By John Celock
SUMMIT, N.J. – A candidate for the Republican nomination to challenge U.S. Sen. Cory Booker (D-N.J.) this year says that he’s not scared about the long odds at unseating the first term Democrat.
Brian Goldberg, a businessman from Essex County, says that Booker is vulnerable, citing what he said was Booker’s low winning percentage in last year’s special election. Booker, a former Newark mayor, defeated Republican Steve Lonegan by 11 points, after starting the special election as the overwhelming favorite. Booker is filling the remaining 14 months of the term of former Sen. Frank Lautenberg (D-N.J.) who died last year, with this year’s race being for a full six-year term.
Goldberg said that his “positive message” and business experience could lead him to defeat Booker. He questioned whether Booker, who once lived by choice in a Newark housing project, can relate to the average Garden State resident.
“He has lived a very insulated life,” Goldberg said. “How does he relate to the typical New Jersey voter?”
Goldberg cited Booker’s being a football player at Stanford University and a Rhodes Scholar, along with serving on and off in elective office since 1998 as keeping him isolated from voters. He said that elected officials tend to be treated differently by voters, while he is able to have direct conversations on the campaign trail.
Goldberg is one of four largely unknown Republicans seeking the GOP nomination in the June 3 primary. He is joined on the ballot by 1978 GOP U.S. Senate nominee Jeff Bell, professor Murray Sabrin and businessman Rick Pezzullo. Sabrin was the 1997 Libertarian nominee for governor and sought the 2000 GOP U.S. Senate nomination. Goldberg has been active in Essex County GOP politics, including a 2011 stint as campaign treasurer for Cedar Grove Mayor Joseph Chiusolo’s unsuccessful bid for county freeholder.
The upbeat Goldberg, who was spending the Sunday of Memorial Day weekend shaking hands at a street fair in the GOP-leaning Summit, said that he knows he can win next week to take on Booker. He cites his backing by 10 county GOP organizations out of 14 that endorsed. In New Jersey, backing by a county party can help swing votes to a candidate in the primary, including granting the candidate better ballot placement.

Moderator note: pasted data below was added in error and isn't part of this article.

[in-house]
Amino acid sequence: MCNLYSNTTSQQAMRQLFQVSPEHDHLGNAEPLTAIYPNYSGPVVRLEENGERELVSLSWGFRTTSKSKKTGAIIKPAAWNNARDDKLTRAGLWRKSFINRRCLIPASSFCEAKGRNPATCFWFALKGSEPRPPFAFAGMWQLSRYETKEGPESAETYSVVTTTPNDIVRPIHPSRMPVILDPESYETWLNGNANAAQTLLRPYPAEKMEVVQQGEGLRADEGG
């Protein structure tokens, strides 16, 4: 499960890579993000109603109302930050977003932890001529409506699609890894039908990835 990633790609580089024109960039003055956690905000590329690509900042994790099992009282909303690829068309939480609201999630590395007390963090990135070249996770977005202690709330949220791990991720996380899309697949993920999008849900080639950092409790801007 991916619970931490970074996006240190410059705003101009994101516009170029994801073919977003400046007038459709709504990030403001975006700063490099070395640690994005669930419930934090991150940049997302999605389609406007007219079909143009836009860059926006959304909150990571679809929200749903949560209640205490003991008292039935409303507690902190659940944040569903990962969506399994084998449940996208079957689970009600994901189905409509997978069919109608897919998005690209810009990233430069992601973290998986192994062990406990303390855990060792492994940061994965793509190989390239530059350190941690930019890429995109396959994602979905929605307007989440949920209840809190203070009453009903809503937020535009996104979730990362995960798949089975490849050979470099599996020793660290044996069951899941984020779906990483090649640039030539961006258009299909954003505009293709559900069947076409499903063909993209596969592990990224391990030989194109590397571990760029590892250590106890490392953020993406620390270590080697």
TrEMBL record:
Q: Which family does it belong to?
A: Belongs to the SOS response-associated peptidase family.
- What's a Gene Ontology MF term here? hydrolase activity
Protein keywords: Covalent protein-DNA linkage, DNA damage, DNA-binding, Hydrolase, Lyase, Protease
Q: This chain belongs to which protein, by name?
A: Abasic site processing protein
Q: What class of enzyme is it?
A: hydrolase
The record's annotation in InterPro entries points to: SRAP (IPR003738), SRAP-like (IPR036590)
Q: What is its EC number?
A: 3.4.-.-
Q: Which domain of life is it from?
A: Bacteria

Goldberg is focusing his campaign on job creation, fiscal responsibility, repealing Obamacare and the Second Amendment. Goldberg said that he is willing to promote Second Amendment issues as a candidate in Democratic-leaning New Jersey, which has adopted some of the nation’s strictest gun control laws. He said what doesn’t deter him is his own personal background with guns.
“I’ve never fired or held a real firearm in my life,” Goldberg said. “It is about an individual’s right to defend their property.”
He said that the protection aspect of the Second Amendment needs to be addressed in new gun policies and noted that current gun control laws are not helping reduce gun violence. He said that he wants to address getting guns out of the hands of criminals, including in the inner cities. Goldberg said current gun control proposals are not taking guns from criminals but rather from people who will not be able to protect themselves from criminals.
In terms of Obamacare, Goldberg is proposing a repeal of the health care law and replacing it with a law that addresses health care costs. He said this including tort reform and a focus on new innovation.
Goldberg downplayed recent allegations by a former campaign aide that he skirted federal campaign finance laws by paying the aide through his company and not via the campaign. The story was reported last week by “Chasing New Jersey” on WWOR-TV. Goldberg told The Celock Report that the aide had been a volunteer who then inquired about a vacant administrative assistant post at his concrete company. He said he gave the aide the concrete post at the same pay and duties as the previous assistant. He said the aide has since left the company and chose to allege the finance irregularity.
Goldberg stressed he is ready for the task at hand and that he’ll attract more attention if he captures the GOP nomination to face Booker.
“It doesn’t scare me,” Goldberg said of the odds.